Attention is the stuff of manifestation. In the same way that looking at something while you’re driving takes you there, paying attention to anything (a field, an attitude, a person), will drive you uncontrollably toward it.

(Spencer, secret places)

“Attention, taken to its highest degree, is the same thing as prayer. It presupposes love and faith. Absolutely unmixed attention is prayer.” – Simone Weil

  • A Thoreau quote: “It’s not what you look at that matters, it’s what you see.”
  • William Shaw: “we make things holy by the kind of attention we give them.”

“Give” reminds us of the freedom of our choice to attend, or not; “pay” reminds us of attention’s costliness, and of the value of that to which we attend

See also attention economy

Jigs as attention guides


A physical jig reduces the physical degrees of freedom a person must contend with. By seeding the environment with attention-getting objects (such as a knife left in a certain spot) or arranging the environment to keep attention away from something (as, for example, when a dieter keeps certain foods out of easy view), a person can informationally jig it to constrain his mental degrees of freedom. The upshot is that to keep action on track, according to some guiding purpose, one has to keep attention properly directed.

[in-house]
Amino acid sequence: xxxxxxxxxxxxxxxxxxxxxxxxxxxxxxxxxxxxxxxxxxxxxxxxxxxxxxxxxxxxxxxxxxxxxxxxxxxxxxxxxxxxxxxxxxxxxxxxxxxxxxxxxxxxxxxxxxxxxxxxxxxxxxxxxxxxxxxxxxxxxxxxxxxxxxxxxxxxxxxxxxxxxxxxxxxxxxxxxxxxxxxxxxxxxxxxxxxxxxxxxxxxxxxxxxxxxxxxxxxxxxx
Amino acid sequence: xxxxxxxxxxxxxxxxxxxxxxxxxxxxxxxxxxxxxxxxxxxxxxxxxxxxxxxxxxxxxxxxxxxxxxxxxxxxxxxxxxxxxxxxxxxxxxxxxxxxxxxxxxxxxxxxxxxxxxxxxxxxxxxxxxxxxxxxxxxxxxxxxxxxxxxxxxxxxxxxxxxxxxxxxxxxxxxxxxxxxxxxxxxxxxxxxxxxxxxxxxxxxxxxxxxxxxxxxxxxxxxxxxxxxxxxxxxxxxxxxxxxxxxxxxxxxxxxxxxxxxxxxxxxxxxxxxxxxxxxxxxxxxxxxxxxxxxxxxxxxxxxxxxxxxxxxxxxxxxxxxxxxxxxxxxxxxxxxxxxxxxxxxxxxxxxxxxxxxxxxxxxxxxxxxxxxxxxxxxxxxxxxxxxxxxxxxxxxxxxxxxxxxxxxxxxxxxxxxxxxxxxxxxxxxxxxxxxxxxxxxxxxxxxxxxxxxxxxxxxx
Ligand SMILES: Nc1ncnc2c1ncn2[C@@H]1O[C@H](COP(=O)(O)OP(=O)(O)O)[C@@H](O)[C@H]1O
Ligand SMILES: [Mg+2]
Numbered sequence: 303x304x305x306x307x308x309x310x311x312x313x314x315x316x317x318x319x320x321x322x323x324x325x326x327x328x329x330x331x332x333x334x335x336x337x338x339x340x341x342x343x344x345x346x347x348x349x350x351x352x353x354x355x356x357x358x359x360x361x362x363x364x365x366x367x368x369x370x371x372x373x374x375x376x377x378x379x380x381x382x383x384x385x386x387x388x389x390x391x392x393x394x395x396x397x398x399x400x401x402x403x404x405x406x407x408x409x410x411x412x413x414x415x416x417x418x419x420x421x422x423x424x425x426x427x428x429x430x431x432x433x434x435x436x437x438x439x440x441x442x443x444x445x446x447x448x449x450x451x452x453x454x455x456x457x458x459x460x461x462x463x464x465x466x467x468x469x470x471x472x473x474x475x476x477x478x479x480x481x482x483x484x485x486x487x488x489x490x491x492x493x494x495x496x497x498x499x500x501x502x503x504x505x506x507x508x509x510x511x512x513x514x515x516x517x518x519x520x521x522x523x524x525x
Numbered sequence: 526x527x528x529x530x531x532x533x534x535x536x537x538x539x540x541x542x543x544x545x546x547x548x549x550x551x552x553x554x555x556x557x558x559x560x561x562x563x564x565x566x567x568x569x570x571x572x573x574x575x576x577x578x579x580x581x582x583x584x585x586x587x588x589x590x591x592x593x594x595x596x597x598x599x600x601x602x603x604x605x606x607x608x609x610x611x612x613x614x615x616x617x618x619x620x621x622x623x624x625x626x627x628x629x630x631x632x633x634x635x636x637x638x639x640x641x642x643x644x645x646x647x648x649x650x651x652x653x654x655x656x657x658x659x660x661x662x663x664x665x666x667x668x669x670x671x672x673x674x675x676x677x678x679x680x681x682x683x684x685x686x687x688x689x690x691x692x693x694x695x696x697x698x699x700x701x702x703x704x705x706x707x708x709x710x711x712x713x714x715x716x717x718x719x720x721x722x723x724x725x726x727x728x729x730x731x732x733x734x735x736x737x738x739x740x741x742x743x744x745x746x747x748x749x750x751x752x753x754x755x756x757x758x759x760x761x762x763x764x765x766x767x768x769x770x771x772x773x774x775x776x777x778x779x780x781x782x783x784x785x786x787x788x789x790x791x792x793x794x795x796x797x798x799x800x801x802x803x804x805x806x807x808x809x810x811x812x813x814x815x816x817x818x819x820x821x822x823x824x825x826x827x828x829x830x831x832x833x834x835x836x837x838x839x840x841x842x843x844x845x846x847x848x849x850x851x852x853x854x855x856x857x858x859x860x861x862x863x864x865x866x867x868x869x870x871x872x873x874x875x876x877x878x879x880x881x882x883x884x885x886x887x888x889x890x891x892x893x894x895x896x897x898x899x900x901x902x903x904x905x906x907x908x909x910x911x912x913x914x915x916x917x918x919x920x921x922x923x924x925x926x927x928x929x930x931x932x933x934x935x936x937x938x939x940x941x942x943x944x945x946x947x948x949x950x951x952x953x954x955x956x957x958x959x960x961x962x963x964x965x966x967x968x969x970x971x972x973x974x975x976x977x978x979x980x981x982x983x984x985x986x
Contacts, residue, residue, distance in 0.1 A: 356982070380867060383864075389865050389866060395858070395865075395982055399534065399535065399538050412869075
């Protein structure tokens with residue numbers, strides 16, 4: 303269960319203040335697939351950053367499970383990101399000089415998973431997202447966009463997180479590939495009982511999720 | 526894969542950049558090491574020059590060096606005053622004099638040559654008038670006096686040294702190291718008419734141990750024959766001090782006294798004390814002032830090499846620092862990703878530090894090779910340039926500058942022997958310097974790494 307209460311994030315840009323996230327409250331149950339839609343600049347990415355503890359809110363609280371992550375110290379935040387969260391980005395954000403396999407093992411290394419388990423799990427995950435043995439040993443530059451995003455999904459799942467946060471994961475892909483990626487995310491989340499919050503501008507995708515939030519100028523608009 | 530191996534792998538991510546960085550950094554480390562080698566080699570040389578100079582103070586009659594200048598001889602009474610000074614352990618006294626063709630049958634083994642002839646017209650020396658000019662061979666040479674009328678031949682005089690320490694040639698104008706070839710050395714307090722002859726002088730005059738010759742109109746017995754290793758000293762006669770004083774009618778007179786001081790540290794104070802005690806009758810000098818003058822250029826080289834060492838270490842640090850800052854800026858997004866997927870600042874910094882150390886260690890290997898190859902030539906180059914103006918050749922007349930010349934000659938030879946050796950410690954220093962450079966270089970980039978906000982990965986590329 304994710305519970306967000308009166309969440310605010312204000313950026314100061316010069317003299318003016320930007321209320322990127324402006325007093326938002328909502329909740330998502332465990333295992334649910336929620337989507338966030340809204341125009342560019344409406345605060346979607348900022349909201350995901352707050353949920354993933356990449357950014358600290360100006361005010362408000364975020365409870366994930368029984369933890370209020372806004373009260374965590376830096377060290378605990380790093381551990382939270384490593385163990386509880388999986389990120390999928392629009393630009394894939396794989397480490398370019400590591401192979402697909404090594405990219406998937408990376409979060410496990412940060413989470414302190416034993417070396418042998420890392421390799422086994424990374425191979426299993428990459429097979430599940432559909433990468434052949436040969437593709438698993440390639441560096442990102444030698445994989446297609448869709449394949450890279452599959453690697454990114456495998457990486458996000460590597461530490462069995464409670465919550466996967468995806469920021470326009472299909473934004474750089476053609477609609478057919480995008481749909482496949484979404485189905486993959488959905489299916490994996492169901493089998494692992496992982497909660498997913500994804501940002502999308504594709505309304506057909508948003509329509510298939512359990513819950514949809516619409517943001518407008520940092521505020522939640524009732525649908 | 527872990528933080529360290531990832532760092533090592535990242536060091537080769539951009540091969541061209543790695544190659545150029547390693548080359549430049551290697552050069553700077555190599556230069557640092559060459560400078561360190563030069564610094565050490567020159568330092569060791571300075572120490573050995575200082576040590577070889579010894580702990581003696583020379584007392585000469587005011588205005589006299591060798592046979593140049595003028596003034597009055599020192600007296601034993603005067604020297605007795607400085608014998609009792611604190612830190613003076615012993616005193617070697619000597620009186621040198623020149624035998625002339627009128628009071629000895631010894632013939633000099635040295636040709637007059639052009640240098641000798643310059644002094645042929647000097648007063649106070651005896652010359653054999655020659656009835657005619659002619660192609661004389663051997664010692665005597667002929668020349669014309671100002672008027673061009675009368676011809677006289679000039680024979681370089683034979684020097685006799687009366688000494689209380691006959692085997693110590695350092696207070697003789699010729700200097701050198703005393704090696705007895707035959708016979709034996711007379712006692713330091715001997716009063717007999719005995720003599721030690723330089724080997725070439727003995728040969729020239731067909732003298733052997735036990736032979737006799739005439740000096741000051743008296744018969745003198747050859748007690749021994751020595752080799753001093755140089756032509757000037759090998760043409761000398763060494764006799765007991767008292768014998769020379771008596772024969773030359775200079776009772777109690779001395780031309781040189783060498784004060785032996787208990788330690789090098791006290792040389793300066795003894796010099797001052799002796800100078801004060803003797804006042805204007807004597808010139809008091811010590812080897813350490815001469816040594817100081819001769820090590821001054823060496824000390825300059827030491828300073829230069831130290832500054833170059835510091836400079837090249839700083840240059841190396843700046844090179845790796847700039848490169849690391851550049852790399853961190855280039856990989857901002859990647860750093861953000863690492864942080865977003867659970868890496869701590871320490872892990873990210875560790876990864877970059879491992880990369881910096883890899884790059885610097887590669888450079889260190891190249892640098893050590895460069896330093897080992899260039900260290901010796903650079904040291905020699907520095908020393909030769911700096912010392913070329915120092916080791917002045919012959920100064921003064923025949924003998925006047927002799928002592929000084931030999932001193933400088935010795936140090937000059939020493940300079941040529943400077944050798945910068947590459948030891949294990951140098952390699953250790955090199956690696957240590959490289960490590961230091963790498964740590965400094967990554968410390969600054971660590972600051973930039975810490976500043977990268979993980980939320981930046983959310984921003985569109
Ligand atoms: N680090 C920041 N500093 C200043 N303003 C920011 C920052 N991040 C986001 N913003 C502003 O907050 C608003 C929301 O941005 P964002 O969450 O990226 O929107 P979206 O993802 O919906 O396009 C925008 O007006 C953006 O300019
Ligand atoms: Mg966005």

Illich refers to “eutrapelia (or graceful playfulness),” and indeed there is grace in all true play. It is the grace of acting freely — and attending freely, to what delights or moves.

Deep Attention

The bookstore with a single book. This is a tiny bookstore in Tokyo that sells a single book at a time in a small room. I really love the emphasis on getting to know a single book and author intimately — especially in an age of digital consumerism.

Heraclitus said, “No man steps in the same river twice.” The second time around, both man and river are different than they were before. The paints and books are the same, but we change between reads and brushstrokes. Deep attention allows us to observe these changes not just as a snapshot but through time.

See also: friendship

Holding (and scrolling) attention